Amnesty International’s legal bid to have Israel revoke the export license of the Israeli NSO surveillance firm will be heard behind closed doors, an Israeli court ruled on Thursday.
A Tel Aviv District judge cited national security concerns in ordering the restriction, accepting the Defense Ministry’s request to ban the public and the media from court sessions.
NSO Group’s software is alleged to have been used by governments to spy on journalists and dissidents. NSO has said it solely provides its technology to government intelligence and law enforcement agencies “to help them fight terrorism and serious crime.”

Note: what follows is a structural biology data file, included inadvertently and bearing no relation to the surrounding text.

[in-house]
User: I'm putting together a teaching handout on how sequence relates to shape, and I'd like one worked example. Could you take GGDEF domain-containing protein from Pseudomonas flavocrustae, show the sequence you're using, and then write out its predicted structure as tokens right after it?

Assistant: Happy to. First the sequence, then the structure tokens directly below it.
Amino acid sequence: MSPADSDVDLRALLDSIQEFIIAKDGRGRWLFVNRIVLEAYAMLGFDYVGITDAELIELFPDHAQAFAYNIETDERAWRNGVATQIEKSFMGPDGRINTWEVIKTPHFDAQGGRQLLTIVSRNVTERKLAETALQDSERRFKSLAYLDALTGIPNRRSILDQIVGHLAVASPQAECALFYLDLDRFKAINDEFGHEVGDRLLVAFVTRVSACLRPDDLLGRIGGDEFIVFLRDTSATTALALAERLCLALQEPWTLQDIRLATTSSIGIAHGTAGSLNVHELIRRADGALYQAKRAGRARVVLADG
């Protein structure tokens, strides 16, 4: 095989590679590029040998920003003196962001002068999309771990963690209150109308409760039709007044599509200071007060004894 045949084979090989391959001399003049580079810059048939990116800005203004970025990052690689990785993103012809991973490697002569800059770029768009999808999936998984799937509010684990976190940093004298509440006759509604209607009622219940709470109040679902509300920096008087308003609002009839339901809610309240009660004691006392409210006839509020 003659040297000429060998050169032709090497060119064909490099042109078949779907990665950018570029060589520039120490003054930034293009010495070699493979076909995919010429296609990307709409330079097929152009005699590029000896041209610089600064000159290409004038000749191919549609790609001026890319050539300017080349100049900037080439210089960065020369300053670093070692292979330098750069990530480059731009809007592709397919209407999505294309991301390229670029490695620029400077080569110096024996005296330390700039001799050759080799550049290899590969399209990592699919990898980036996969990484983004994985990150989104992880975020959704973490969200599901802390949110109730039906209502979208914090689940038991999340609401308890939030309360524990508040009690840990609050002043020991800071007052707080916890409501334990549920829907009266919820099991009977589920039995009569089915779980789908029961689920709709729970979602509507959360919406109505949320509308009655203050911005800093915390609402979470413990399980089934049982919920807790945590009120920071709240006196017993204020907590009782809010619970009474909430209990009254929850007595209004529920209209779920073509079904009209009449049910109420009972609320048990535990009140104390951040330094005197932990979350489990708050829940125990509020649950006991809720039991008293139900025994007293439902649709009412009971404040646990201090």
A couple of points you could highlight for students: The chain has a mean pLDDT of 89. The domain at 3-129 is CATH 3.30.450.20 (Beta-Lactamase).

In bringing the lawsuit, Amnesty said NSO continues to profit from its spyware being used to commit abuses against activists worldwide while the Israeli government has “stood by and watched it happen.”
The Defense Ministry has said its supervision of defense exports is subject to constant scrutiny and periodic assessments by the relevant Israeli authorities.